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How Cyber Monday Works


Walmart advertises Cyber Monday sales on the company's website on Nov. 26, 2012 in Chicago. Scott Olson/Getty Images
Walmart advertises Cyber Monday sales on the company's website on Nov. 26, 2012 in Chicago. Scott Olson/Getty Images

In just a few short years, Cyber Monday has grown into a shopping day as big as -- or bigger than -- Black Friday. One study showed that for 2016, 40 percent of Americans planned to shop online on the Monday after Thanksgiving, while 39 percent planned to go to the stores on the Friday after Thanksgiving [source: Borchardt]. In 2015, Cyber Monday sales were more than $3 billion [source: CBS News].

What has fueled this phenomenal growth? Americans' comfort with internet shopping, the rise of fast broadband and the numbers of online deals offered by retailers. Indeed, just as many Black Friday deals are offered in stores before Black Friday, many Cyber Monday deals extend both before and after the day.

Back in the days of dialup, U.S. shoppers who wanted to partake in seasonal sales yet refused to brave the mall madness that ensues on Black Friday (the day following Thanksgiving) had to still spend their holiday weekend waiting for their internet connection to cooperate. That is, until many holiday shoppers -- and the retailers marketing to them -- realized there was another way. Why not just hold off on offering and shopping for online sales until everyone's back at their desks on Monday with speedy broadband connections?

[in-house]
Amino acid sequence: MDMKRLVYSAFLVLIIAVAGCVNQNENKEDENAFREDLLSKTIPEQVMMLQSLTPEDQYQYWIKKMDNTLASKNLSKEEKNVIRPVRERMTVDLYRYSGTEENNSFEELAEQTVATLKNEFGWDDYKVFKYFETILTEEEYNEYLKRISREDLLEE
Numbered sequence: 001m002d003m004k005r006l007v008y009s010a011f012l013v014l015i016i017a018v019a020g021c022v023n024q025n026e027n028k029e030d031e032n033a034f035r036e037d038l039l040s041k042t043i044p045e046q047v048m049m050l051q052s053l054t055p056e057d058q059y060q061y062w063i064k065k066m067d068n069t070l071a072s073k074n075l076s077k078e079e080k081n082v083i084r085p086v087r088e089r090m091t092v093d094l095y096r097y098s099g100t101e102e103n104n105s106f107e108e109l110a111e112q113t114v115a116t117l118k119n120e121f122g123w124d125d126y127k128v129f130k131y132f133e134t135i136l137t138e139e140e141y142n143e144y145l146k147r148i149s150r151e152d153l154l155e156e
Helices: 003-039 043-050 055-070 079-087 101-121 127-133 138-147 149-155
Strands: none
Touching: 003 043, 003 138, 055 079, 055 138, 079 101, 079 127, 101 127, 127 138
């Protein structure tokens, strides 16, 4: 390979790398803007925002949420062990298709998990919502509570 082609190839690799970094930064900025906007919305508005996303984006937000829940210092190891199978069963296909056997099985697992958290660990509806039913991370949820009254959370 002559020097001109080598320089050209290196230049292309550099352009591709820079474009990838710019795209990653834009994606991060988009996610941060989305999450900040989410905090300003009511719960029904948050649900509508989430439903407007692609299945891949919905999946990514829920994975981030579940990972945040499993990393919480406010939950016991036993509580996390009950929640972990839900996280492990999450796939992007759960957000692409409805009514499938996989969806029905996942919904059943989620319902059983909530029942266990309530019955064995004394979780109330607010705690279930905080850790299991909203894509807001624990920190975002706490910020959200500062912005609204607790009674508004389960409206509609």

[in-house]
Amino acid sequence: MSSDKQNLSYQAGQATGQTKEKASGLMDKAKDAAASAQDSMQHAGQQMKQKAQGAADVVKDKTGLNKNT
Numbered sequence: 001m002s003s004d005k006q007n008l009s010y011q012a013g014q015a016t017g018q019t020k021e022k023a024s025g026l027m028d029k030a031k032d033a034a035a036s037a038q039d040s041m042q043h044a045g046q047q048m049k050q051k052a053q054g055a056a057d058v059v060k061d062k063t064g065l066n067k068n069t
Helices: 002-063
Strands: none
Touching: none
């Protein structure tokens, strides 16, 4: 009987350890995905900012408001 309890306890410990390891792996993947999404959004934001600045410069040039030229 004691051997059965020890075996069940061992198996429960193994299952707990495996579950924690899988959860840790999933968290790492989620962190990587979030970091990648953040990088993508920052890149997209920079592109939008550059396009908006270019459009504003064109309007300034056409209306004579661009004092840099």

People also wanted to avoid the massive crowds that one must often face on Black Friday. Competition for products like discounted electronics can get fierce, but when it comes to stuff like the season's hottest toys, it's positively cutthroat. Take the deadly incident at a Wal-Mart in 2008. One person was trampled to death and 11 more were injured when a mob of 2,000 shoppers broke down the store's doors and stormed inside [source: USA Today]. Little wonder some people prefer to shop online.


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